On Feb 3 11:24, Jerry DeLisle wrote:
I have confirmed this problem on Cygwin reported here:
I am not very familiar with the windows environment. Having patched most
of the gfortran I/O library in the last 2-3 years I can say that we do a
lot of memory allocation for I/O.
On Linux based systems we do not see any issues (checked with valgrind).
This problem acts like a failure to free memory. I do not know what is
meant by the term "handle" other than a pointer to an allocated block of
Handles are the Windows equivalent to Posix descriptors. They are
references to a lot of different OS objects, like files, sockets,
semaphores, processes, threads, etc. They are *not* references to
memory regions. When you reserve memory the standard way, you only get
an address, not a handle.
However, handles are also potentially references to shared memory
objects, in Windows terminology called "file mappings"(*), and thus they
are created when you call mmap() in Cygwin. mmap() OTOH is called by
malloc() *iff* the malloc request is > 256K.
Those of you most familiar with the Windows environment could perhaps help
here. Is this a bug in Cygwin memory management?
We never can be sure it's not a bug in the DLL, but if a simple loop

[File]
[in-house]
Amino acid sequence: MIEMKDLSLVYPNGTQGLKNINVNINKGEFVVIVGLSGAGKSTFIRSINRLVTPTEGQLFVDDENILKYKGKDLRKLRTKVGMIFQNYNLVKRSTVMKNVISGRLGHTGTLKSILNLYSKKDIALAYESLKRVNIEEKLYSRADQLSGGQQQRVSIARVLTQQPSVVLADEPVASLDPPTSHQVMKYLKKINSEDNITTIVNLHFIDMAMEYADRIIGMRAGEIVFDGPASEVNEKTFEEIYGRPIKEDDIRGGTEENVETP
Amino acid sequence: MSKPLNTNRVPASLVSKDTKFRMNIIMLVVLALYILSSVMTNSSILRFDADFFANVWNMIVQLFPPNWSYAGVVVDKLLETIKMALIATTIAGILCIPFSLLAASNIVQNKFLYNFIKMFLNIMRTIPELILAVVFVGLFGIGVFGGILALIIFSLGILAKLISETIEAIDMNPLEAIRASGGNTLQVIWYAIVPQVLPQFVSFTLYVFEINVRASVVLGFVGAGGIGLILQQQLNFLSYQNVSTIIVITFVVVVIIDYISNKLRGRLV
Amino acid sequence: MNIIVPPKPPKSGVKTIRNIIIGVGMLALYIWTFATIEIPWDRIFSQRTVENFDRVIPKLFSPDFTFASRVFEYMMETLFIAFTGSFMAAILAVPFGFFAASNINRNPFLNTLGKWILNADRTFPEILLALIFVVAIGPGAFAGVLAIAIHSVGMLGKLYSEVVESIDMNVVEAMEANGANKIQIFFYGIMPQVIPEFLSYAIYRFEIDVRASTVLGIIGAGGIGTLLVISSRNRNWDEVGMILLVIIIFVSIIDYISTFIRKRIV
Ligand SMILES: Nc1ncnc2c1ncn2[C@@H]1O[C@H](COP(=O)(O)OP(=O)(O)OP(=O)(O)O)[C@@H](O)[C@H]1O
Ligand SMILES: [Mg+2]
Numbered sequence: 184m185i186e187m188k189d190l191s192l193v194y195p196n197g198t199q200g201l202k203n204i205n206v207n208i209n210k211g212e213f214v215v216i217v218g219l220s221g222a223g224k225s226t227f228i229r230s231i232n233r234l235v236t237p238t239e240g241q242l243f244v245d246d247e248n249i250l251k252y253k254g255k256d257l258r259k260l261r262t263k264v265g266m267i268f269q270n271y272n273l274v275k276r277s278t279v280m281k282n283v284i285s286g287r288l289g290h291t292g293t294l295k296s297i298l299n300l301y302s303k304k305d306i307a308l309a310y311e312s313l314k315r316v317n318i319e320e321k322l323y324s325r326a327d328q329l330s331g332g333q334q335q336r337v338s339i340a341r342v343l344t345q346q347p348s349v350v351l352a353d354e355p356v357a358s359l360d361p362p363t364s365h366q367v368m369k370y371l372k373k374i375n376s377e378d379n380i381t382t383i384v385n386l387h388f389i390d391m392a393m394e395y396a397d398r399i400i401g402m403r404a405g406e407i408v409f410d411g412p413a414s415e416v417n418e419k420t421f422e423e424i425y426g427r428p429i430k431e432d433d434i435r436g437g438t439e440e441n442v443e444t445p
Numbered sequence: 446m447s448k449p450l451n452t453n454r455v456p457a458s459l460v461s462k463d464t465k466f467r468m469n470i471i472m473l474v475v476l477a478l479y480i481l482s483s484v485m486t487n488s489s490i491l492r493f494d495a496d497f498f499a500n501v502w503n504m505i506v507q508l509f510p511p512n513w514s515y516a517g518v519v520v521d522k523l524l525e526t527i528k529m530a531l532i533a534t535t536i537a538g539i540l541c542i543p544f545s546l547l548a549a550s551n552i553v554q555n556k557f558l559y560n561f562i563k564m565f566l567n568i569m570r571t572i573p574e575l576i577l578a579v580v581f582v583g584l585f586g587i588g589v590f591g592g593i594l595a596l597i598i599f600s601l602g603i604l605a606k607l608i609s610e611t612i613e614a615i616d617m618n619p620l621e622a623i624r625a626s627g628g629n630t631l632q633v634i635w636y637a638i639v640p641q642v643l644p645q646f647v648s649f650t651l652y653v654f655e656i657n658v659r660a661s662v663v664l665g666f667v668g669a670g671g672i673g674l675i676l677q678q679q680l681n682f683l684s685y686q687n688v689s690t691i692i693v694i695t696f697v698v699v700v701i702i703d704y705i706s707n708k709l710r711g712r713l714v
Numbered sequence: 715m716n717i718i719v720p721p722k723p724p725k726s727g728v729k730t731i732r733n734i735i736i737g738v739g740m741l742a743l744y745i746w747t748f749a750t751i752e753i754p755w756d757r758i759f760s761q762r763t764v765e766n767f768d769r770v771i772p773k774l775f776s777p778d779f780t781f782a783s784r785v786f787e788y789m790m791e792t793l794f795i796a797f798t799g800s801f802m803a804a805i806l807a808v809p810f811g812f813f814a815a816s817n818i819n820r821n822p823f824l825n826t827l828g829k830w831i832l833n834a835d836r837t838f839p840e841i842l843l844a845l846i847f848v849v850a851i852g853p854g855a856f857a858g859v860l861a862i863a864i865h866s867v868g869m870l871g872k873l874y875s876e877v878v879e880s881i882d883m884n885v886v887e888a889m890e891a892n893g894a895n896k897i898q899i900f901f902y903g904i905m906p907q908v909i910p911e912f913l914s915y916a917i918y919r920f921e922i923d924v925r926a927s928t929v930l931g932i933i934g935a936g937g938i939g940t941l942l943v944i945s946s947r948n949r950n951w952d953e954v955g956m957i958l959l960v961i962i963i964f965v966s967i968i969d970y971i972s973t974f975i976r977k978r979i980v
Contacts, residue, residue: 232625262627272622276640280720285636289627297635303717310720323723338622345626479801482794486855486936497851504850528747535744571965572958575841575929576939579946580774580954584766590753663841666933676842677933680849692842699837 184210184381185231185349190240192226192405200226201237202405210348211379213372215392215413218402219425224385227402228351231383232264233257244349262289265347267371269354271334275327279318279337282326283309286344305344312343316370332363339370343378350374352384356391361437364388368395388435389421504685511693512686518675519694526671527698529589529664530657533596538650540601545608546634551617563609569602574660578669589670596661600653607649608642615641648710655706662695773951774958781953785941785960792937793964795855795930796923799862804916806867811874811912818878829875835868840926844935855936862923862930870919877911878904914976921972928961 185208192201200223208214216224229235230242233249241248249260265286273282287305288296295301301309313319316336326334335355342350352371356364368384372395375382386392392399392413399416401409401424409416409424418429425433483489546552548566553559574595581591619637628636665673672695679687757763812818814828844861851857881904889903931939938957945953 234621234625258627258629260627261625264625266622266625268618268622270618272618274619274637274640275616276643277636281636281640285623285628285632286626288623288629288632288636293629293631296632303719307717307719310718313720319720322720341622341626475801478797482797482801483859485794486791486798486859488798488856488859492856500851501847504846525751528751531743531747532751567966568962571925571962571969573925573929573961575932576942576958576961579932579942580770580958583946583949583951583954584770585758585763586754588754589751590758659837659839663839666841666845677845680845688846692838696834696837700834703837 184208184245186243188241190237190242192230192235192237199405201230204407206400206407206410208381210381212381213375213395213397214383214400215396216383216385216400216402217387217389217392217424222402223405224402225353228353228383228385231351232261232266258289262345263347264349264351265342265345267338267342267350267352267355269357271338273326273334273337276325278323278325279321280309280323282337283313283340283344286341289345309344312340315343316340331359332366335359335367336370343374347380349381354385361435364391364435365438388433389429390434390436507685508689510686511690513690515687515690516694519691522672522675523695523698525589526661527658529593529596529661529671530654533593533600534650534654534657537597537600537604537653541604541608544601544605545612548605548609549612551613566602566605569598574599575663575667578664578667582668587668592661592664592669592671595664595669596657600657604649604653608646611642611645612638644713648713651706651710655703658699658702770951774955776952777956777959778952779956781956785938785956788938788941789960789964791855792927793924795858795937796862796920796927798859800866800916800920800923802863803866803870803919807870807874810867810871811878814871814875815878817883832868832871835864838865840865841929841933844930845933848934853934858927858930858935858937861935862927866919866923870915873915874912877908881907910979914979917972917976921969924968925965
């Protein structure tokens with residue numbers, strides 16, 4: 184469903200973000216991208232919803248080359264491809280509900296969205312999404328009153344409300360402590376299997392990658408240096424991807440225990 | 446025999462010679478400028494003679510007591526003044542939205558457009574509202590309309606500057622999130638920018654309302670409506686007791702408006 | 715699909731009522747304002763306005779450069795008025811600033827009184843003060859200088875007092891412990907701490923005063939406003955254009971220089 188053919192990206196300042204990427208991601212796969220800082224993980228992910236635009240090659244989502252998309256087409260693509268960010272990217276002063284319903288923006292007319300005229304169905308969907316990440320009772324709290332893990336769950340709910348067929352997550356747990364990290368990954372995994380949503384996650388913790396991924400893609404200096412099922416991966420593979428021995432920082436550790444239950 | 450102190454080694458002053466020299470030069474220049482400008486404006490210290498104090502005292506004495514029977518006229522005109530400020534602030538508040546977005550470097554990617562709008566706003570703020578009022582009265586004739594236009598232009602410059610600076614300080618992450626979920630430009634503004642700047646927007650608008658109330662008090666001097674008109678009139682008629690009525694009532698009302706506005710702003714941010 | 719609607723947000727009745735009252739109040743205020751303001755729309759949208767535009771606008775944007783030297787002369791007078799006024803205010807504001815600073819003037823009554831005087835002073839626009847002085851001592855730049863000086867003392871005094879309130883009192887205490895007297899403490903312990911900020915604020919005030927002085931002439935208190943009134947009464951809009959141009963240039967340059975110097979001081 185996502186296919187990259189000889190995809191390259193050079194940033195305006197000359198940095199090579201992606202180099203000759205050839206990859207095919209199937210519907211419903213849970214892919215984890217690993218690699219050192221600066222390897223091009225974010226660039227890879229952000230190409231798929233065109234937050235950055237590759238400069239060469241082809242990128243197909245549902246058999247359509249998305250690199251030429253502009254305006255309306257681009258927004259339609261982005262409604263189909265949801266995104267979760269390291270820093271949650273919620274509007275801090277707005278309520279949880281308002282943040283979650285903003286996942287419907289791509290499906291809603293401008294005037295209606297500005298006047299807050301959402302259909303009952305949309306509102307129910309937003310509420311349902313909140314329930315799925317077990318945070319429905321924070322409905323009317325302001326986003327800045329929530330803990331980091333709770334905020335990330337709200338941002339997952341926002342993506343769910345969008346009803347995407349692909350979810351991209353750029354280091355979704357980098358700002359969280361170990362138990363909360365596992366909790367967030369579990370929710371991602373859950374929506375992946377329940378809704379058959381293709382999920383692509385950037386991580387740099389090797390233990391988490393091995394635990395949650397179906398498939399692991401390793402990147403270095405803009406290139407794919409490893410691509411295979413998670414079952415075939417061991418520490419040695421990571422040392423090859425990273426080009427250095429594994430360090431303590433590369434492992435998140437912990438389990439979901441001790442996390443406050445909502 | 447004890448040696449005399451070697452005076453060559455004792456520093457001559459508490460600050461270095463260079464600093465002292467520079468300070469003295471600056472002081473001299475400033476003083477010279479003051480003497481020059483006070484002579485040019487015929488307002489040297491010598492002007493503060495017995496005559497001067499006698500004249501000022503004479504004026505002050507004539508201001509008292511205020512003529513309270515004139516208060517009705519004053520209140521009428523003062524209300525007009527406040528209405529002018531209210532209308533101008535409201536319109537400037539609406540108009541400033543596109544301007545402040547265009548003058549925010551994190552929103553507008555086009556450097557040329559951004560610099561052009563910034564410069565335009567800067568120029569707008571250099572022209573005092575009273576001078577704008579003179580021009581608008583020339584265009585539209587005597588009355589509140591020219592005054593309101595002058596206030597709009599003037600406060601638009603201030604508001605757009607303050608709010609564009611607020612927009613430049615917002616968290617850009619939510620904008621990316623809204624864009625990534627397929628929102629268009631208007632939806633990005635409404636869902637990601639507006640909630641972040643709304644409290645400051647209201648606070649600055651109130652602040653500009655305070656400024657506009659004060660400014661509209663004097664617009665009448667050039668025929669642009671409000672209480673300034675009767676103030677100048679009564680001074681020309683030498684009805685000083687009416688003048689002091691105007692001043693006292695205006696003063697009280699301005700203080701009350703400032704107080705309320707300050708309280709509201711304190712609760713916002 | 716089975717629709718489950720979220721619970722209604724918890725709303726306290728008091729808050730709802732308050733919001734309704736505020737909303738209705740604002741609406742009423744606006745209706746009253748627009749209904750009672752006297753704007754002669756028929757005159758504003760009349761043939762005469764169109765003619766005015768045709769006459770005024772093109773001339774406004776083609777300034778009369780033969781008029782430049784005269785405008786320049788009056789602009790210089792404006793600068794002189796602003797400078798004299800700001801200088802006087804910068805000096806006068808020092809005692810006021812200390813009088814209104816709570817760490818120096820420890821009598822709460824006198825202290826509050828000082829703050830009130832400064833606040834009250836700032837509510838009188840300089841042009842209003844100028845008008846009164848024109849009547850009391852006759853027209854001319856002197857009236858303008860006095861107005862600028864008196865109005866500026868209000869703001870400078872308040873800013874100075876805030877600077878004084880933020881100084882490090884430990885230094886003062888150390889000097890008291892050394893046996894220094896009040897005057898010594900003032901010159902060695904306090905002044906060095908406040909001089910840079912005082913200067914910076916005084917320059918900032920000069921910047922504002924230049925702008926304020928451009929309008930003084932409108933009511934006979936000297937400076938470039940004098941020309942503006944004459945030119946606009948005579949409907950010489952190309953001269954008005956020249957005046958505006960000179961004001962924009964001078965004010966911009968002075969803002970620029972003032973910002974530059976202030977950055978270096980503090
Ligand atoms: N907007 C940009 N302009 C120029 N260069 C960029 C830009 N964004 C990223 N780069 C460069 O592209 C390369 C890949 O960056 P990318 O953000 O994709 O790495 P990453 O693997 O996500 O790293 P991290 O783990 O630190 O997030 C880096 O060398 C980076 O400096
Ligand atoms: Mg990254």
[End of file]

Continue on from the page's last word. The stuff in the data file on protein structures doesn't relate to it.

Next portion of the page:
like this would fail all the time, we would probably have more serious
I will be happy to provide additional information as soon as I know what is
I tested the test application with g77 and it runs fine. Memory usage,
VM size, and handle count are constant in every loop. No memory leak,
no handle leak. It might be a bug in the fortran lib, after all. I'm
not a fortran expert so I don't know what happens under the hood of the
write() call. If you can break down the test application and especially
the write() call into plain C, it might be quite instructive.
(*) To emulate mmap() you have to do two calls in Windows:
HANDLE map_handle = CreateFileMapping (file_handle, ...);
void *address = MapViewOfFile(map_handle, ....);
So you have a handle to the "file mapping" and an arbitrary number
of addresses to "views".